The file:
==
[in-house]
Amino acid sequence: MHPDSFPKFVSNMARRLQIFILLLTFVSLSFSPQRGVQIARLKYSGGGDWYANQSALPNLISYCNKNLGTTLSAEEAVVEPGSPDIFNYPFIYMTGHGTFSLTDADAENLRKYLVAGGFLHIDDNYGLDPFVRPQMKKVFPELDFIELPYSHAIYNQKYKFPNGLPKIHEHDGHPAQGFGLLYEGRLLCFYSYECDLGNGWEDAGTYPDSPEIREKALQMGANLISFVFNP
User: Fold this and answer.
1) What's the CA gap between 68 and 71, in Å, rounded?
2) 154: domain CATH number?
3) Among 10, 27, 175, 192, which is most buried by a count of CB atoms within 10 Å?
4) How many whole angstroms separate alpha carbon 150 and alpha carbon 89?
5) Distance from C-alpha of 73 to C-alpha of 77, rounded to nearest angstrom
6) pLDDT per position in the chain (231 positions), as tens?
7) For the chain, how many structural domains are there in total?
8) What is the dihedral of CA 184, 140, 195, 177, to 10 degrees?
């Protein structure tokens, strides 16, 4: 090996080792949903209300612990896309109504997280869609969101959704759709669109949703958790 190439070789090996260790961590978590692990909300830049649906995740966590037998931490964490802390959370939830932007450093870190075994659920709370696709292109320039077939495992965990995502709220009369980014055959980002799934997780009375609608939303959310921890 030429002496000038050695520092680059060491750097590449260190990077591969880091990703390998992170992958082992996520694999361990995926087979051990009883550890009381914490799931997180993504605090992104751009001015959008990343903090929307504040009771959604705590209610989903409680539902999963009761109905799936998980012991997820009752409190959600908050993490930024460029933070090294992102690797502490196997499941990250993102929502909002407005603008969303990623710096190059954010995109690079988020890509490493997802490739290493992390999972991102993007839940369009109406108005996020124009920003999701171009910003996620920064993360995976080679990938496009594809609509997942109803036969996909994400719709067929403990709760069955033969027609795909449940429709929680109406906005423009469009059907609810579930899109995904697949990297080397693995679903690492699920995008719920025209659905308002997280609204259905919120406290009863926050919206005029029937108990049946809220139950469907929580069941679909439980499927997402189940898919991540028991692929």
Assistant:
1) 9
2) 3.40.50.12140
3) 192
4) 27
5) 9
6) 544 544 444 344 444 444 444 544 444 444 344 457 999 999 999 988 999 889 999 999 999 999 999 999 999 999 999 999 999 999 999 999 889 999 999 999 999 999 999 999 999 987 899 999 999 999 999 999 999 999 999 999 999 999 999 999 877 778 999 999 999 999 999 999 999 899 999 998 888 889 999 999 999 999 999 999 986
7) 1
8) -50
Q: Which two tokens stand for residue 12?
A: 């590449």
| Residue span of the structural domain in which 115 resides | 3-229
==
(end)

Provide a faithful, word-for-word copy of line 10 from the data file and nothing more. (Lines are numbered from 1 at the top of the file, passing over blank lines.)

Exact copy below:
7) For the chain, how many structural domains are there in total?